There are various reasons for going to see a movie. Having heard Inside Llewyn Davis was inspired by the memoir of singer/songwriter Dave Van Ronk I was keen to go along as I’ve been a fan of the late American performer for many years.
However, this is more of a snapshot of a life in the folk world of the 1960s in Greenwich Village through the eyes of a selfish and fairly unpleasant musician.
Directors and writers the Coen brothers have a slightly different view of the world than most which can be viewed in films such as Burn After Reading, Fargo and Raising Arizona.
This latest effort, though, has more in common with Oh Brother Where Art Thou, and not just because of the music.
We travel around with Llewyn Davis as he struggles to find some sort of fame and, with little money moves from one friend’s couch to another.
He has a string of failed relationships behind him and doesn’t really get on with his family.
Oscar Isaac plays the man himself and proves very handy with a guitar and possesses a decent singing voice.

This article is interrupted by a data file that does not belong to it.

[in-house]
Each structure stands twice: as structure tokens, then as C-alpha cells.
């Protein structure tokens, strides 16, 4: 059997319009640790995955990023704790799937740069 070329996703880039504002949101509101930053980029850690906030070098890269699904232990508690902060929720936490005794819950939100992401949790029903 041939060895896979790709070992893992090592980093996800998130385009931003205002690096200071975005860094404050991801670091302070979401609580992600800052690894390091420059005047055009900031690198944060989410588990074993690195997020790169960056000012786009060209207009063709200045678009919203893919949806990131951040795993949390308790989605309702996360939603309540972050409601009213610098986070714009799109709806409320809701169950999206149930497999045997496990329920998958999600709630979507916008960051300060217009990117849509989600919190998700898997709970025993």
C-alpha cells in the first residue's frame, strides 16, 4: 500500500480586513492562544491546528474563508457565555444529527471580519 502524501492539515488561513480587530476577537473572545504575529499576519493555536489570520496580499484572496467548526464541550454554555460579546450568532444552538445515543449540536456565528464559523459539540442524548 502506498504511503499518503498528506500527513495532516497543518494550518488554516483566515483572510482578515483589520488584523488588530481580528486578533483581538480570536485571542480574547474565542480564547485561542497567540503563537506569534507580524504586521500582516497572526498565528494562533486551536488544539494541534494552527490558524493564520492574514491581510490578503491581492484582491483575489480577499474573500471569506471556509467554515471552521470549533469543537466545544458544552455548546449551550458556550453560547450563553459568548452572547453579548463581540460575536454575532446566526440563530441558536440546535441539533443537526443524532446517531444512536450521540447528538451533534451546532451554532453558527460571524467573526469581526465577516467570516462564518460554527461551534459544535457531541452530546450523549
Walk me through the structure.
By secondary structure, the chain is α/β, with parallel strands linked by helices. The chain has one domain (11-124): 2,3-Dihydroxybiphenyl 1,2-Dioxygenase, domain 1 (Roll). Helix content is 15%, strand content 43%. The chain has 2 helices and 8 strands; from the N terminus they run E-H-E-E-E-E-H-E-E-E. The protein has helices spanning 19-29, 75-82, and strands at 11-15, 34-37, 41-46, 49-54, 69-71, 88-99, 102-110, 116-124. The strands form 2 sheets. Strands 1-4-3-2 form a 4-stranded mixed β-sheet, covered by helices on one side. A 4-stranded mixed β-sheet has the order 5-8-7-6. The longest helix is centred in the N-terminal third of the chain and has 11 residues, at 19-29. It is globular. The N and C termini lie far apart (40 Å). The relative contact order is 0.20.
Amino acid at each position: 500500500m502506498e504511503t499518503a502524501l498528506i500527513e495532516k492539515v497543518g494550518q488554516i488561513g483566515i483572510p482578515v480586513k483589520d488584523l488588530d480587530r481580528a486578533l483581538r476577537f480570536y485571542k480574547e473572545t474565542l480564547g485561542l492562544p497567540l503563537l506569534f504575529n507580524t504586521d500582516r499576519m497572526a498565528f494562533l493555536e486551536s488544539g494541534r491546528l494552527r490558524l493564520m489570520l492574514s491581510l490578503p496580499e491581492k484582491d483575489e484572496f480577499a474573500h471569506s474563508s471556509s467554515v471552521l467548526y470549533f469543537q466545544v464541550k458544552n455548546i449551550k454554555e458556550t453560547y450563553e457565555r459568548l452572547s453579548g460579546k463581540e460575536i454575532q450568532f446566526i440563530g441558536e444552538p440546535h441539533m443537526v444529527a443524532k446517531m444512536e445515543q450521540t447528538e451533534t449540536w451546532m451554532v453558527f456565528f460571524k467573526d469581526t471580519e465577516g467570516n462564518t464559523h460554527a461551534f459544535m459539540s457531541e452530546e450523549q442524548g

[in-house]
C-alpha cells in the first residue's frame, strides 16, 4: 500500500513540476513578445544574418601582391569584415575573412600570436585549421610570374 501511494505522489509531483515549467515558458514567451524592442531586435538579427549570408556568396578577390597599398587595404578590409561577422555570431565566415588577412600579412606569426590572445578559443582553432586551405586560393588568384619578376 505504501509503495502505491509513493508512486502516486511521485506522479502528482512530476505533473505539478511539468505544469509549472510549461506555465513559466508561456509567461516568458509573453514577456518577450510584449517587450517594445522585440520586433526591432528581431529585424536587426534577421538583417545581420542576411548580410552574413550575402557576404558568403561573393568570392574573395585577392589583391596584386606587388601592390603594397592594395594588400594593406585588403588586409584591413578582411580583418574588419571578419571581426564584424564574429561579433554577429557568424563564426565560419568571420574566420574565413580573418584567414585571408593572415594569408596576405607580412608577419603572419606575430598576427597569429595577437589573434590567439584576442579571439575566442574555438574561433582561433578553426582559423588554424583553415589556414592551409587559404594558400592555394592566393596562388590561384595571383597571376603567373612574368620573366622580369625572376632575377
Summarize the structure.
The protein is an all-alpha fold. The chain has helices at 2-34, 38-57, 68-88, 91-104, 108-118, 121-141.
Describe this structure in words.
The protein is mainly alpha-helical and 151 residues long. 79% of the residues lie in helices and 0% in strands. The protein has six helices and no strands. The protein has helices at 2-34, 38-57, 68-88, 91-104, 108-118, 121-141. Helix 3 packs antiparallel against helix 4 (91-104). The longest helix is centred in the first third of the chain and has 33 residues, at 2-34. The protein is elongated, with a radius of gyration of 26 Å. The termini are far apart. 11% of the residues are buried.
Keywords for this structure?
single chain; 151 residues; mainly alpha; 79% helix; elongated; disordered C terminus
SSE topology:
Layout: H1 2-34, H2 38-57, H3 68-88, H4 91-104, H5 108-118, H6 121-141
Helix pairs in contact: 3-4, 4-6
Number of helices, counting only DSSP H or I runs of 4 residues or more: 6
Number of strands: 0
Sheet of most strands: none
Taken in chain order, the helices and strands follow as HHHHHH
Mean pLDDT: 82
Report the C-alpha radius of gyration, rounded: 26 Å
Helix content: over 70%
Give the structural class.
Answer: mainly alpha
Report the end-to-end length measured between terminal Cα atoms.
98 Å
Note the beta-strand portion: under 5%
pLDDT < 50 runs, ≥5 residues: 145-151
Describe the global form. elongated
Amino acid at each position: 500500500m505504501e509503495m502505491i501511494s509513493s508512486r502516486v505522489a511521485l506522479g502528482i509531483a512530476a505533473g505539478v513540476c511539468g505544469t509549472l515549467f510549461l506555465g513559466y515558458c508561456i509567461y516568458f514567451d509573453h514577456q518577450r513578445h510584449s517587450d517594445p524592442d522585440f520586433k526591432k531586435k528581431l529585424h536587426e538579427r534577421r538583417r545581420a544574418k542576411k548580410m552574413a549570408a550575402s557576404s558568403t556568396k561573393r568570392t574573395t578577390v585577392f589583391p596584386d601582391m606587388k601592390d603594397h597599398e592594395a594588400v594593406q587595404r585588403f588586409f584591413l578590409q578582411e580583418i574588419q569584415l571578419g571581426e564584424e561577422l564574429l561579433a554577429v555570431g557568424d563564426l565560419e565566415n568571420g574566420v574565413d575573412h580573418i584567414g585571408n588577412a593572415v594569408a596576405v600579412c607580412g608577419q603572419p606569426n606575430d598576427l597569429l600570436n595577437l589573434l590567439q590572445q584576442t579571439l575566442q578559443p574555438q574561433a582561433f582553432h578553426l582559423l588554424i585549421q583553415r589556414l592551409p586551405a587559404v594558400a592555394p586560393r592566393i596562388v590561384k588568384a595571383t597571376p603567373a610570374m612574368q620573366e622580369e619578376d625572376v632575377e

Carey Mulligan as a former girlfriend and Justin Timberlake as her current partner provide decent back-up.
But perhaps the strongest cameo comes from John Goodman as the strange character Roland Turner, an ageing jazz musician, with whom he travels to Chicago. It’s a strange encounter but one that that resonates as pure Coen Bros.
The colours are all set to a muted grey which adds to a feeling of despair and lonliness. But despite all I’ve said, this isn’t a depressing movie.
There are some enjoyable light touches and laugh out loud moments.
I haven’t mentioned a plot and there’s a good reason - there isn’t really one,
So if you are looking for a rounded film in three acts with a satisfying conclusion then you’ll be disappointed.
However, if you enjoy a film for the experience itself with quality acting and some excellent songs in the folk genre then this may well suit you nicely.
Film details: Inside Llewyn Davis (15) 104mins
Director: Ethan and Joel Coen
Starring: Oscar Isaac, Carey Mulligan, John Goodman
Screening courtesy of Cineworld Crawley